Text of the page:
The event is apparently held annually in the Midwest, where it attracts around a thousand people. This was the first time it was held in the Northeast, and some of the people with whom I spoke had come from as far away as Boston. There were rabbit rescue groups, a hay vendor, a few vendors with beautiful wooden houses and castles for bunnies to hide in and play on, and so many different rabbit themed things for bunny parents. I didn’t buy anything, but enjoyed meeting all the bunnies – some with their vendor parents, some from shelters, and some with their parents looking to spoil them. Many had their rabbits in pet strollers, some in regular carriers, and other brave (or unwise) parents simply carried their bunnies around in their arms.

Because this event was geared towards rabbit rescue organizations, there were a number of rabbits who had clearly experienced traumatic experiences – one whose ears had been apparently cut off, another with a deformed leg that had been abandoned with a broken leg which then healed badly, several with head tilt, and several others with leg deformities. All are now being well cared for and loved, I’m happy to report, but you know there are hundreds and hundreds of other bunnies out there who have not yet met their forever parents. (Rabbit PSA – this is part of the reason why you shouldn’t buy rabbits for children and as Easter presents. Too many end up abandoned and in shelters. They are NOT starter pets.)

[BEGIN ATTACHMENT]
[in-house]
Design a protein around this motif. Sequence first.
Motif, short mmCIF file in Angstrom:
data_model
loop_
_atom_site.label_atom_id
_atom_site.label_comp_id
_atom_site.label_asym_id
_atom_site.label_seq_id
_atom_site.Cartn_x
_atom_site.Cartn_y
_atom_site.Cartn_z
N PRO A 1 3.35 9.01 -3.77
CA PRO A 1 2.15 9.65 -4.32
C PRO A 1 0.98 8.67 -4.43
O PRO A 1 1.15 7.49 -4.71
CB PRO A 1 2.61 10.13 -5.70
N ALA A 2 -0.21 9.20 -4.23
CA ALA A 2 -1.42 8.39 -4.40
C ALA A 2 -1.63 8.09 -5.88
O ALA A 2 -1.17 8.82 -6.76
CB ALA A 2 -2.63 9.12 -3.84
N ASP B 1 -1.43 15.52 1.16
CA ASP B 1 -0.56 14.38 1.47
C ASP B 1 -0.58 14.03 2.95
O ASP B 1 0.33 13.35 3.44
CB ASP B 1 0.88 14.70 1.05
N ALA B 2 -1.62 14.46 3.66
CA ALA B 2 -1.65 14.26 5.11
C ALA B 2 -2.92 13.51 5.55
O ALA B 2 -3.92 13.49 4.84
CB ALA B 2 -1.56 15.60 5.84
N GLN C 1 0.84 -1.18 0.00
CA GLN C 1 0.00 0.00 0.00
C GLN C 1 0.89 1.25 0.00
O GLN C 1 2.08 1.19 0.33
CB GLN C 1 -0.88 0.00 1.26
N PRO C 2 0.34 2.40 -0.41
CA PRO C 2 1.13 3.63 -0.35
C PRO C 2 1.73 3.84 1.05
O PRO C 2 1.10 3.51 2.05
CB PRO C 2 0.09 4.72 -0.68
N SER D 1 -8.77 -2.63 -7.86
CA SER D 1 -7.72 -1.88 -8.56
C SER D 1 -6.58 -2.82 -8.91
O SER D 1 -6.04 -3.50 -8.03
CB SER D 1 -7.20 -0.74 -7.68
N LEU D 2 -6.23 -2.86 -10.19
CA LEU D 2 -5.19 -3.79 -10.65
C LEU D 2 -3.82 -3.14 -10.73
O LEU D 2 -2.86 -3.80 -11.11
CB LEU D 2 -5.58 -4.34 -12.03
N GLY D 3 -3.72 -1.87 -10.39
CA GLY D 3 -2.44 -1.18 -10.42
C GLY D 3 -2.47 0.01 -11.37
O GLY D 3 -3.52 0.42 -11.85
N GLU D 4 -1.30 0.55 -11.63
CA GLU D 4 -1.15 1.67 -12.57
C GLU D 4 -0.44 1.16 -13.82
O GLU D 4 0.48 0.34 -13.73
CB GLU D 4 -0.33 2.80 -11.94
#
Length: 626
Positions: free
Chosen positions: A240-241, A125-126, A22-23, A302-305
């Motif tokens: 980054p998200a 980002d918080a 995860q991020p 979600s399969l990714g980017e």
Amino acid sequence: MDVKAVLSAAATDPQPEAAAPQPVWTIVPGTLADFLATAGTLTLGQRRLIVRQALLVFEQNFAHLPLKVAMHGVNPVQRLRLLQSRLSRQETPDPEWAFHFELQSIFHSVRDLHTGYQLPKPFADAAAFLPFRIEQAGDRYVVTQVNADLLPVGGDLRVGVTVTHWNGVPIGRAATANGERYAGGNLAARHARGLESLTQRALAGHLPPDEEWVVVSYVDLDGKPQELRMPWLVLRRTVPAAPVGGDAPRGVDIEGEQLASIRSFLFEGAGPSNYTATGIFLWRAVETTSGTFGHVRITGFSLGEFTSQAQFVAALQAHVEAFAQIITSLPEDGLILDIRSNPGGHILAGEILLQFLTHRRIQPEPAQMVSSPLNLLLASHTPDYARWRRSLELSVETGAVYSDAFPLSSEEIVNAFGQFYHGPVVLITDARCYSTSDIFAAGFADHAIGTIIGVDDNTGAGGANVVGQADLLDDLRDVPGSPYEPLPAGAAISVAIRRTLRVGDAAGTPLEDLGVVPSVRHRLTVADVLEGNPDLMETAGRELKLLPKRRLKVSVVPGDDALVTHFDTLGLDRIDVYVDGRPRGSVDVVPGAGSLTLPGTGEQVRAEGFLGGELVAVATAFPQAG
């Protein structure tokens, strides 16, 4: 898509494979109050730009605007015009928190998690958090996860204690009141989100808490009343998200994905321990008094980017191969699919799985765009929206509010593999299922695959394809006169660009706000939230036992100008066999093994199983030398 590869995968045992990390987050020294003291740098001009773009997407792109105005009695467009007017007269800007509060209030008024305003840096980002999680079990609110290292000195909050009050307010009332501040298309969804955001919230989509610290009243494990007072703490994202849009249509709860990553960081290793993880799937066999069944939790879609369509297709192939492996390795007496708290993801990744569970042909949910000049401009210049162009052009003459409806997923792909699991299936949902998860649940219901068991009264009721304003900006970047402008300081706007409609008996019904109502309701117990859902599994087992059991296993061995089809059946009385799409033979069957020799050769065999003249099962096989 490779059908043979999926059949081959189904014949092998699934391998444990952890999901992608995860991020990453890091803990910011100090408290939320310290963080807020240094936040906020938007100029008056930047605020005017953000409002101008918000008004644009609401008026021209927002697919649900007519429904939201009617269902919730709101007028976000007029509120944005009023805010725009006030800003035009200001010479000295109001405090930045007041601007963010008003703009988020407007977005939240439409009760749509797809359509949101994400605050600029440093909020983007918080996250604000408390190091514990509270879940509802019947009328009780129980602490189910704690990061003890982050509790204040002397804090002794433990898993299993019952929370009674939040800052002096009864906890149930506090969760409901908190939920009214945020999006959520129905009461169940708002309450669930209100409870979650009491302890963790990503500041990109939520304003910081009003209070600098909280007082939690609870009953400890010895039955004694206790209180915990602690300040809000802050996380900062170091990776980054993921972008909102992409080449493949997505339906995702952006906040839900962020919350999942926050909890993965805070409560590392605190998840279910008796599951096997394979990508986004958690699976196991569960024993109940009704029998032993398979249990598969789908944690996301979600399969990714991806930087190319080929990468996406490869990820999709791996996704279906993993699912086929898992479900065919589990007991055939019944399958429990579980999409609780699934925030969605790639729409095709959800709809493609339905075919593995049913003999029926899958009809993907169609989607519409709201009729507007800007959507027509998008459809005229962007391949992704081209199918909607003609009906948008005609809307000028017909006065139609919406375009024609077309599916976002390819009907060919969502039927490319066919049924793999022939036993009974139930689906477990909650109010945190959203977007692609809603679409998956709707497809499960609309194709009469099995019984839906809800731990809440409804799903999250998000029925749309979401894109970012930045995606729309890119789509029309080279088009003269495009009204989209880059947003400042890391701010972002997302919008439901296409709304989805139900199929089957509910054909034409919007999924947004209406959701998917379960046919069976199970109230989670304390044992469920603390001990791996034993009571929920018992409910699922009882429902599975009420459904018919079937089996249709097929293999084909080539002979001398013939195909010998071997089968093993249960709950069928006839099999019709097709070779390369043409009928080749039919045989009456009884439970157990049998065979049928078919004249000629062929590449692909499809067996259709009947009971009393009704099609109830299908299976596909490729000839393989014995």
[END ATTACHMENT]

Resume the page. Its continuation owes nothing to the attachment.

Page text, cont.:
It was a fun day, and successful for my friend’s business, plus I got to see parts of Pennsylvania I’d never been to before. We were exhausted and glad to get home, where Gaston was happy to see me. Despite father-bunson bonding time with The Mechanic, Gaston still wanted lots and lots of attention. That’s fine, I missed him too. I felt a bit wiped out, between two days of commuter transportation talk, Gaston’s vet appointment, the mad drive to Philly, a whole day of rabbits, and a long, late evening drive home, so I was quite unproductive on Sunday, even though I really wanted to sew. I even took a nap! I never do that. But I need to rest up because although this week is relatively quiet, this weekend I will be a runway model (!!!) in an Aveda Catwalk for Water fashion show, then it’s my 45th birthday, then The Mechanic and I are headed to London for a long weekend, woo hoo! So hopefully I can keep the pendulum centered and I can stay grounded until the next totally crazy swings.

Oh, I did get this Friends of Rabbits bunny magnet at BunFest, which I added to our apartment door. Shout out to the local rabbit rescue group !